Peter Pan leaves sports fan a ballet convert
AS A sports lover, I forgive non-sports lovers who roll their eyes whenever conversation turns to footy or cricket.
I always figure it must be as interesting for them as ballet or opera would be for me.
Sure, I can acknowledge when there is an incredible amount of skill involved in something.
But I don't have the depth of understanding to truly appreciate it - same as they can't appreciate six hours of Test cricket a day for five days.
But I was wrong, about myself at least, as I discovered last week when I saw my first ballet performance.
With my wife, eight-year-old daughter and six-year-old son I attended the Queensland Ballet's production of Peter Pan at the Queensland Performing Arts Centre at South Bank.
I went in with no expectations, but left a convert.
Peter Pan proved accessible to all, from six-year-olds to sceptical 41-year-old ex-rugby players.
The story line was obviously Peter Pan, so anyone, adult or child, familiar with the story could follow the plot.
But the production and performance raised it from a familiar story to something wonderful.
At times it was mesmerising, with the dancing, choreography and music melding magically.
The dancing accentuated the mood of the music and vice-versa while the use of light, screens and shadows added layers to the plot and the visual feast.
Hook's maniacal prancing contrasted with Peter's muscular elegance, Wendy was earnest and graceful and the Lost Boys provided the comic relief, along with Wendy's baby brother who nearly stole the show with his (her) effervescent display.
In some ways the ballet was more revealing and descriptive than any literature, with metaphors (one character seemed to be Captain Hook's inner-child who, if shown a bit of love and affection, would not have turned into a tyrant), sub plots, humour and high emotion, all portrayed vividly without a word.
Perhaps the toughest part was choosing where to focus during any one scene.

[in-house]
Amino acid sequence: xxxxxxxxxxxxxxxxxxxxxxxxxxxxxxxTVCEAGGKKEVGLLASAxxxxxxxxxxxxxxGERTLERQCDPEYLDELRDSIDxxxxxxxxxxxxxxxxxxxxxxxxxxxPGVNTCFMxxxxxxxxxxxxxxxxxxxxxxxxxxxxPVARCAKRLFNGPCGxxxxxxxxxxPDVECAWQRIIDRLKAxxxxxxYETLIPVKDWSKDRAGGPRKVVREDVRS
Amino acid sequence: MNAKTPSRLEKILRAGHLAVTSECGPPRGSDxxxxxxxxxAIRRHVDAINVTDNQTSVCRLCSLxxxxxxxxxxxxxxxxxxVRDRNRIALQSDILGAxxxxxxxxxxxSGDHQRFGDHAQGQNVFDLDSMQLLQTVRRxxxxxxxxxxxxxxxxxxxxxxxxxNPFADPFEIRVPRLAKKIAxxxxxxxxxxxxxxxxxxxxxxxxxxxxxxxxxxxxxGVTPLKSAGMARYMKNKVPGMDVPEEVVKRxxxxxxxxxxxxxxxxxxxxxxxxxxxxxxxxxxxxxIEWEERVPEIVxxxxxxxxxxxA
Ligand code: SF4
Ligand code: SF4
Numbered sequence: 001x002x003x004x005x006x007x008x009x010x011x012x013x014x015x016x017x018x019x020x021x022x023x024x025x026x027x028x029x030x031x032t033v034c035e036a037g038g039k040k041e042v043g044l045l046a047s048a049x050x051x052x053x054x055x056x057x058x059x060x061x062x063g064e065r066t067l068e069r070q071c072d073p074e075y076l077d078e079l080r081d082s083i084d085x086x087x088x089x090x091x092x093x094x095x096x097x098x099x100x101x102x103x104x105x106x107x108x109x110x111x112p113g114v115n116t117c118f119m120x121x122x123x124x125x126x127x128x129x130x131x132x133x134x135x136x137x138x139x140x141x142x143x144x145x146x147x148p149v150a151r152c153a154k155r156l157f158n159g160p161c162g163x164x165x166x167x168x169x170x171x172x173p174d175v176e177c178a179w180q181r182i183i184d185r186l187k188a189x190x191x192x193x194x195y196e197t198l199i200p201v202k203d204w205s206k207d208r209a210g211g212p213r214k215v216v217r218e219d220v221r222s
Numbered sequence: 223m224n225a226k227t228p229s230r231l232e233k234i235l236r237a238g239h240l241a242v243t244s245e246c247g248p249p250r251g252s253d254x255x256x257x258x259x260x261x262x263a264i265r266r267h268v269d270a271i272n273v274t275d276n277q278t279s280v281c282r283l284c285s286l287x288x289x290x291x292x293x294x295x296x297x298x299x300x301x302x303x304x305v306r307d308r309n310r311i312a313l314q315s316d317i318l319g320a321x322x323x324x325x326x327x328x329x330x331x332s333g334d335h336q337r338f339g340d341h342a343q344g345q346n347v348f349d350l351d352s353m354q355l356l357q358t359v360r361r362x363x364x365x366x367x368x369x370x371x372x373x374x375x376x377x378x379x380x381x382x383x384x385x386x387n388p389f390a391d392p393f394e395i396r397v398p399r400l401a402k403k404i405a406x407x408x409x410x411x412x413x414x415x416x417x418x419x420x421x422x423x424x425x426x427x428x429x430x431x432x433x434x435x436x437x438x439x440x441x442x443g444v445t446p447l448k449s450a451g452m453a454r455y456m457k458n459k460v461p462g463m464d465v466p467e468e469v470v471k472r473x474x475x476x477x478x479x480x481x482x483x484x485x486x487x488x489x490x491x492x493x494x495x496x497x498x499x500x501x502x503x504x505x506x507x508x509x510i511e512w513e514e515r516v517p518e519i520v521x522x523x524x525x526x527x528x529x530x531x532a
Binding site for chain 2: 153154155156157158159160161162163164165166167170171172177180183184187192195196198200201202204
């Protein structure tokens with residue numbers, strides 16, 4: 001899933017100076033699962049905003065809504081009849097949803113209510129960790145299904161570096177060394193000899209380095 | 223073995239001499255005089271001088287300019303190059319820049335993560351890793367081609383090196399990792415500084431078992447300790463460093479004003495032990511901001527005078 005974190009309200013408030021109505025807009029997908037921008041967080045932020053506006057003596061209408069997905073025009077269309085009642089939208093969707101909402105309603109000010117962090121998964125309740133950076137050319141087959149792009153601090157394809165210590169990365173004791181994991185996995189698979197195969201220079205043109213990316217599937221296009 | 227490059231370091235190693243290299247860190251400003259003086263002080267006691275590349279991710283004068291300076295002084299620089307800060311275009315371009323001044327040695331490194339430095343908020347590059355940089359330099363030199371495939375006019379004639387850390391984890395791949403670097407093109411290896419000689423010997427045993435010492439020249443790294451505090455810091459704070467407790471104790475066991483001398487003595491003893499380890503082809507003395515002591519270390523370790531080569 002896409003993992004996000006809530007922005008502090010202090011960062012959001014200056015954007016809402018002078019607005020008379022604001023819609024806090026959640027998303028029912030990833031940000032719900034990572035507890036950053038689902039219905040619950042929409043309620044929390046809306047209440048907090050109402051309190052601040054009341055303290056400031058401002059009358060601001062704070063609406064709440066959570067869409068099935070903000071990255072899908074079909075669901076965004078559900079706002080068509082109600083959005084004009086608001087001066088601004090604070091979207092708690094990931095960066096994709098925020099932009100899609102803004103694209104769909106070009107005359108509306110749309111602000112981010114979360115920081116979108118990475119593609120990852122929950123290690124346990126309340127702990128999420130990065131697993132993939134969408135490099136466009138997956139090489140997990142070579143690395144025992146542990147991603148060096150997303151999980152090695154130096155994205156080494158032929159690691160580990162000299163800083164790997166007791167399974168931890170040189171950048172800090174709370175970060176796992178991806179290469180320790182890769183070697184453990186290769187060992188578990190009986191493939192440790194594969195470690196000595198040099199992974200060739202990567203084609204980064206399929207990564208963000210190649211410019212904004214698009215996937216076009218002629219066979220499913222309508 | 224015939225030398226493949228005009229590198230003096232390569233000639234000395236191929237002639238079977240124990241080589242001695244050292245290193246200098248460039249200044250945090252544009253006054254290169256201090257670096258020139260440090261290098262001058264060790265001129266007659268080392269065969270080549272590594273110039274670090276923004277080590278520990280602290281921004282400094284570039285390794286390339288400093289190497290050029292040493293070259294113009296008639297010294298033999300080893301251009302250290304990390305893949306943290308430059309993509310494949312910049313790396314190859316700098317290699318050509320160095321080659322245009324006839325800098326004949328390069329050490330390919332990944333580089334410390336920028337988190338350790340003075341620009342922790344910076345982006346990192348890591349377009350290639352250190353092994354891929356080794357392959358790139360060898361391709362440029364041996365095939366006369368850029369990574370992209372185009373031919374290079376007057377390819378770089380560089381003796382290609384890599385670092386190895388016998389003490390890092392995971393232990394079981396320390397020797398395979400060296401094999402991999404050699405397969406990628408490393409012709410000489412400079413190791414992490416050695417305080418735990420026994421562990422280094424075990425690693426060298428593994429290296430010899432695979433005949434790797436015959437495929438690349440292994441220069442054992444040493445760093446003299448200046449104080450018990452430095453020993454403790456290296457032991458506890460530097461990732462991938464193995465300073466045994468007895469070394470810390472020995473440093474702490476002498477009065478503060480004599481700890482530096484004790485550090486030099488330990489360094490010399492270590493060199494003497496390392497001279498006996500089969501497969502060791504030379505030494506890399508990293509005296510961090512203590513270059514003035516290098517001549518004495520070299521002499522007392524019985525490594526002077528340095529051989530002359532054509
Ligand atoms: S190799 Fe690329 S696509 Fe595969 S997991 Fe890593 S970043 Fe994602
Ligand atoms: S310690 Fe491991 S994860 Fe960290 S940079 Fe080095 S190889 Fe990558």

While the lead dancers were exquisite, with their grace and athleticism highlighted by the music, there was constant movement and action from the support dancers to catch the eye.
But there was also great reward in losing the focus on individuals and taking in the entire scene as a broader whole.
When you did this, particularly in the scenes that were not so much plot-oriented but purely provided for visual and aural stimulation, it became hypnotic.
Then the movement, music, colour and light became one, in a manner this ignorant correspondent had not previously experienced from any art form.
The show is sensibly divided into three parts with two intermissions, ensuring young children didn't have to sit still and quiet for too long. It wasn't a problem for our eight-year-old, who watched entranced throughout.
Our six-year-old's attention occasionally drifted away from the show. The biggest problem was getting them to keep their excitement to themselves.
Every time they recognised something they had to share it with everyone within earshot.
When it was over we had the luxury of a walk across the Brisbane River, through the Botanic Gardens to our suite at the Oaks Aurora Tower, on Queen St.
On the 31st floor of the 67-storey building our views were incredible, from the Story Bridge and river below us to what seemed like most of south-east Queensland.
The kids loved the heated pool and to walk down to the river front for breakfast in the sunshine topped off a fantastic experience for the whole family.
*The writer was hosted by Qld Ballet Company and Oaks.
Queensland Ballet's Peter Pan
Queensland Ballet's Peter Pan runs until July 11, 2015 at QPAC's Playhouse Theatre.
Tickets start from $50 per child (13 and under) and $95 per adult (tickets are limited)
One bedroom apartments start from $137 per night and two bedroom apartments start from $232 per night (minimum two-night stay).
420 Queen St, Brisbane
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